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Title page for ETD etd-03272007-141235

Type of Document Dissertation
Author Miao, Mi
Author's Email Address mi.miao@vanderbilt.edu
URN etd-03272007-141235
Title Analysis of integral membrane protein pom34p in nuclear pore complex structure and function.
Degree PhD
Department Cell and Developmental Biology
Advisory Committee
Advisor Name Title
Kathleen L. Gould Committee Chair
James R. Goldenring Committee Member
Susan R. Wente Committee Member
Todd R. Graham Committee Member
  • Pom34p
  • genetics
  • S. cerevisiae
  • nuclear pore complex
  • integral membrane protein
Date of Defense 2007-03-08
Availability unrestricted
In eukaryotes, all nucleocytoplasmic transport occurs through nuclear pore complexes (NPCs). These giant proteinaceous structures are embedded in the nuclear envelope where the outer nuclear membrane and inner nuclear membrane join to form a pore. A functional NPC is composed of approximately 30 proteins, termed nucleoporins (Nups). However, the precise mechanism of how the NPC assembles is still unknown. Based on previous studies, we hypothesized that integral membrane proteins play a crucial role in NPC biogenesis and function. To test this hypothesis, I analyzed Pom34p and Pom152p, two integral membrane Nups in S. cerevisiae. The first part of my studies characterized Pom34p membrane orientation and its role in NPC structure organization. The results indicated that POM34 encodes a double pass transmembrane protein with two cytoplasmic domains. It has broad genetic interactions with other NUPs, including NUP170, NUP188, NUP59, GLE2, NUP159 and NUP82. Lack of the Pom34p N-terminal domain in a nup188 null (∆) background leads to mislocalization of a subset of Nups and nucleocytoplasmic transport defect. These data indicated that Pom34p is important for the maintenance of NPC structure.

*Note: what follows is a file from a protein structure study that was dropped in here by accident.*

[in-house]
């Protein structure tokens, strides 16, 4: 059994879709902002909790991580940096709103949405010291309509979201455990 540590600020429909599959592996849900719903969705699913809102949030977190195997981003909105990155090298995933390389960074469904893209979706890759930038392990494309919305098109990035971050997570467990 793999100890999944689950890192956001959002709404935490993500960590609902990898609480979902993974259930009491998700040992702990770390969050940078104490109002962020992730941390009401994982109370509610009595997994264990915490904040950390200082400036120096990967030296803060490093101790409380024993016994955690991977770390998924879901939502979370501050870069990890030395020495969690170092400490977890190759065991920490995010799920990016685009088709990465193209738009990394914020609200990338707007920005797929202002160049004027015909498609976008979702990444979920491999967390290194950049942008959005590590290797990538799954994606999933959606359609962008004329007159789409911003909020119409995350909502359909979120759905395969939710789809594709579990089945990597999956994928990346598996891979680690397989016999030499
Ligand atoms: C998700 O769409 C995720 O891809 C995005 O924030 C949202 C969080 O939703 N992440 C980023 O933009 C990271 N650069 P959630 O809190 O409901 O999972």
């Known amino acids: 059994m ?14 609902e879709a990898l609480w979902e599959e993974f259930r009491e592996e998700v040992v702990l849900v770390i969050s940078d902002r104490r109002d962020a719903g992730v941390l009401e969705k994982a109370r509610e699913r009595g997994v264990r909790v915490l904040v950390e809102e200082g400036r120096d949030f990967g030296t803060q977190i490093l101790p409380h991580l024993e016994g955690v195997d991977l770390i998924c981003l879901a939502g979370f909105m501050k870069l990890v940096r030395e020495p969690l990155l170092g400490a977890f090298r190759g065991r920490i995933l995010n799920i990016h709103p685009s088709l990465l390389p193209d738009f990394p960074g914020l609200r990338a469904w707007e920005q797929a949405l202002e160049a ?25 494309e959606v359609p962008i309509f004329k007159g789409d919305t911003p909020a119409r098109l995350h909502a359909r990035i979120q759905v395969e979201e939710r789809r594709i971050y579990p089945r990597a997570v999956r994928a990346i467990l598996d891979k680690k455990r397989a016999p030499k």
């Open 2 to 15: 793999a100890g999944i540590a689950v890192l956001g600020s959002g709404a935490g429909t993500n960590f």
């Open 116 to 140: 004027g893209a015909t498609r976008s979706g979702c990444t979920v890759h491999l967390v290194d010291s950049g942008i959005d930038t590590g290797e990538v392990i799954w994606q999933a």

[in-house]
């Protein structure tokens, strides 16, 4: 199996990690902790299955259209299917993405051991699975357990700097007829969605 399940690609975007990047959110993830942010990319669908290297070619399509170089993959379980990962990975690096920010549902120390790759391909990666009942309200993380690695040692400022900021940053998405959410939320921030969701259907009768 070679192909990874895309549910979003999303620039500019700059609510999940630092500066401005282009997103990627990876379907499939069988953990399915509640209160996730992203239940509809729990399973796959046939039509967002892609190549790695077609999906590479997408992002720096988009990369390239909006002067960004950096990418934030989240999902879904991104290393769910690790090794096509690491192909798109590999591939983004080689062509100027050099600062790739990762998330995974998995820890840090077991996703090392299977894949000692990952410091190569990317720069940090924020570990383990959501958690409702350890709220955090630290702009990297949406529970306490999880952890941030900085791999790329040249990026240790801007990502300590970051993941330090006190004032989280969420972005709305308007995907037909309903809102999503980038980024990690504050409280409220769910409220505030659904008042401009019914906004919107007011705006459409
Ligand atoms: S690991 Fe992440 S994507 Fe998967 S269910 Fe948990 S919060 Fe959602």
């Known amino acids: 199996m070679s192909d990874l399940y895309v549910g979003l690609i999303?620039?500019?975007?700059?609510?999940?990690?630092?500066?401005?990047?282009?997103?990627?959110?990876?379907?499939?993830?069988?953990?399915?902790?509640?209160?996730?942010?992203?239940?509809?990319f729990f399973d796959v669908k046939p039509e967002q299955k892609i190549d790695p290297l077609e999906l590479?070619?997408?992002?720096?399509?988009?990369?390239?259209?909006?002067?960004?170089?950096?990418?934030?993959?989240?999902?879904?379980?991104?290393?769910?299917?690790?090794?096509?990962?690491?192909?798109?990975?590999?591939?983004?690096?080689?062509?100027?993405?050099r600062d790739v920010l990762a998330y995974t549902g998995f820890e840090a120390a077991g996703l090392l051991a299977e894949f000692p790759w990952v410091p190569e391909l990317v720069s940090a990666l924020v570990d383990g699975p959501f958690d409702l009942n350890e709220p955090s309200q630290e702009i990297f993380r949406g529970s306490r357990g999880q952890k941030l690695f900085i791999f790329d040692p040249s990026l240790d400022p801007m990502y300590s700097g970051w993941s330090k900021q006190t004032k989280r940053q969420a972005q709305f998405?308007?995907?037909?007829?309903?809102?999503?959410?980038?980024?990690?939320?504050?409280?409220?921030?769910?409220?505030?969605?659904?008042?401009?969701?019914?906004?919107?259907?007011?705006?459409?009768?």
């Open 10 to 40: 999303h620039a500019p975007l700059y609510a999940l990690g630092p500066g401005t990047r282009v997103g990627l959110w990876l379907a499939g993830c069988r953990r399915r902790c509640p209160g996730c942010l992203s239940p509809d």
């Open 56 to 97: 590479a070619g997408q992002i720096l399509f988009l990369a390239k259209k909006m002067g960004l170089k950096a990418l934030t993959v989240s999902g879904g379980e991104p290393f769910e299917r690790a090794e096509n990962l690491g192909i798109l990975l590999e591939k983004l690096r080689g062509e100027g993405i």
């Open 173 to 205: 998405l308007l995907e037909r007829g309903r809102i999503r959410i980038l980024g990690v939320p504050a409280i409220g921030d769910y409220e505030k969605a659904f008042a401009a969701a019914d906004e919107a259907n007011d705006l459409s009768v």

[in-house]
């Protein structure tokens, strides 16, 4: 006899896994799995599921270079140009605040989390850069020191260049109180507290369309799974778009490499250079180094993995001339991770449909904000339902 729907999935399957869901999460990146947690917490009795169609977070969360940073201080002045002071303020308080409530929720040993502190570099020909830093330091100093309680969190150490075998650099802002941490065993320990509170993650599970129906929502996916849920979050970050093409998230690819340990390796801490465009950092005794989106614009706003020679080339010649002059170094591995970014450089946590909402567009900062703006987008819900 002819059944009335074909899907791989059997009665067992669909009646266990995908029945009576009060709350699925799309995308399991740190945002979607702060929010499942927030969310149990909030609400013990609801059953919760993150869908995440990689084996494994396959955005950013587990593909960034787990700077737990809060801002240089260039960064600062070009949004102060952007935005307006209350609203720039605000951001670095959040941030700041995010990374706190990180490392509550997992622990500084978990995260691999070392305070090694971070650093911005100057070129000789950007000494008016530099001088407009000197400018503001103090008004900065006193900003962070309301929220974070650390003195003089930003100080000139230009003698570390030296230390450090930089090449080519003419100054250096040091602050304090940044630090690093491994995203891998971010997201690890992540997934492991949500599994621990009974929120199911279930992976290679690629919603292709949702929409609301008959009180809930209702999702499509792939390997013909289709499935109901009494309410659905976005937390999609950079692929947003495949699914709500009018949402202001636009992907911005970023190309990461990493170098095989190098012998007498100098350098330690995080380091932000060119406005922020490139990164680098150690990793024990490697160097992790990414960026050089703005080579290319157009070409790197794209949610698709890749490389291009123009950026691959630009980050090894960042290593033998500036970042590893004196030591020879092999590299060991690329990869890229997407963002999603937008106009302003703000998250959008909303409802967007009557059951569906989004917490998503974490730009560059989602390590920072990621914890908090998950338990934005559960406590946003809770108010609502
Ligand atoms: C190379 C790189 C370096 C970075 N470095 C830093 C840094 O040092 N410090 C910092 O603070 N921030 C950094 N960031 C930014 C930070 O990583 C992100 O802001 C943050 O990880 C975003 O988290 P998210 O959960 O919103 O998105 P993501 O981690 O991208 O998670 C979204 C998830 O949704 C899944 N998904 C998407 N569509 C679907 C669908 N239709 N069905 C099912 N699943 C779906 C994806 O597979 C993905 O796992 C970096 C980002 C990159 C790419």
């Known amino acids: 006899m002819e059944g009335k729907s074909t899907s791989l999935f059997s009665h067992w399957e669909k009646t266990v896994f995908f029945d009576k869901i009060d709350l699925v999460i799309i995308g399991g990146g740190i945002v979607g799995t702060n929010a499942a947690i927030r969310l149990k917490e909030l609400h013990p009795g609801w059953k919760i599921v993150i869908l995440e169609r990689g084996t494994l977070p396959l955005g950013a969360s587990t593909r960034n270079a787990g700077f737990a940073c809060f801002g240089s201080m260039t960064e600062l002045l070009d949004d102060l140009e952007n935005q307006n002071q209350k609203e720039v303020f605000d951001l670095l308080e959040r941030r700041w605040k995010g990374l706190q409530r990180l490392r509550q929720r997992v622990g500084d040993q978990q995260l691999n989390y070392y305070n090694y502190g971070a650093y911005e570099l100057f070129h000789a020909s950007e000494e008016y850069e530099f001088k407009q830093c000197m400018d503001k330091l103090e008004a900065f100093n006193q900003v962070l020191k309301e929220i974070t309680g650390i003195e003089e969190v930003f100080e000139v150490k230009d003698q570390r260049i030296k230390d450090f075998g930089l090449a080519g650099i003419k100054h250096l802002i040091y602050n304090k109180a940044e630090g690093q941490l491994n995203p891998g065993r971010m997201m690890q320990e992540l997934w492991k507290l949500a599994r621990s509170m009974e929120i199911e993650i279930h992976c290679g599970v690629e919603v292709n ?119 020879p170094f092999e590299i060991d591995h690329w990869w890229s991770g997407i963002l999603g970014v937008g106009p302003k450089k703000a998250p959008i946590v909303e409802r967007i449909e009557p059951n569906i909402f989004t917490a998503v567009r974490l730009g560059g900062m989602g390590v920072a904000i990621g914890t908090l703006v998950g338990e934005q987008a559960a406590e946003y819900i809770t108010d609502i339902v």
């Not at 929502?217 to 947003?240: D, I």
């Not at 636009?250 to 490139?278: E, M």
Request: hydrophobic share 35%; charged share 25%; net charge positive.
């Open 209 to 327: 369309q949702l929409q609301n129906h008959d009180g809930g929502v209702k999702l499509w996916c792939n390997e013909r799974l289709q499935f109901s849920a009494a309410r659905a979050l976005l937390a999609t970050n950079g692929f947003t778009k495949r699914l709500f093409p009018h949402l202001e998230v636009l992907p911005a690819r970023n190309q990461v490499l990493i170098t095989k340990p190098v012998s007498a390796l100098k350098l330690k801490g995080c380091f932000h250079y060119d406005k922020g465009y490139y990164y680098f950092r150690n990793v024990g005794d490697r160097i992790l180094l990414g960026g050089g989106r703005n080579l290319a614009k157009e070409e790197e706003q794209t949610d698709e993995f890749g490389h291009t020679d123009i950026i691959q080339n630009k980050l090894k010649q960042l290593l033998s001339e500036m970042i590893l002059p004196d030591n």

The second part of my studies utilized genetic approaches to identify potential NPC assembly factors. To this end, I conducted a synthetic lethal screen with a pom34∆ pom152∆ double mutant, which shows no apparent defects in growth, NPC structure and nuclear transport. The screen revealed several mutants allelic to NUP188, NUP170, and NUP192, whose gene products comprise the core framework of the NPC. The synthetic lethal phenotype further illustrates the close relationship between pore membrane proteins (Poms) and structural Nups. Particularly, NUP192 is an essential gene encoding the largest Nup. This is the first report to link the function of Nup192p to Poms. In addition, I performed a split ubiquitin yeast two hybrid screen aimed at identifying potential interaction partners of Pom152p. The combination of these genetic studies shed light into the understanding of NPC structure organization, and the functional defects associated with structure perturbations.

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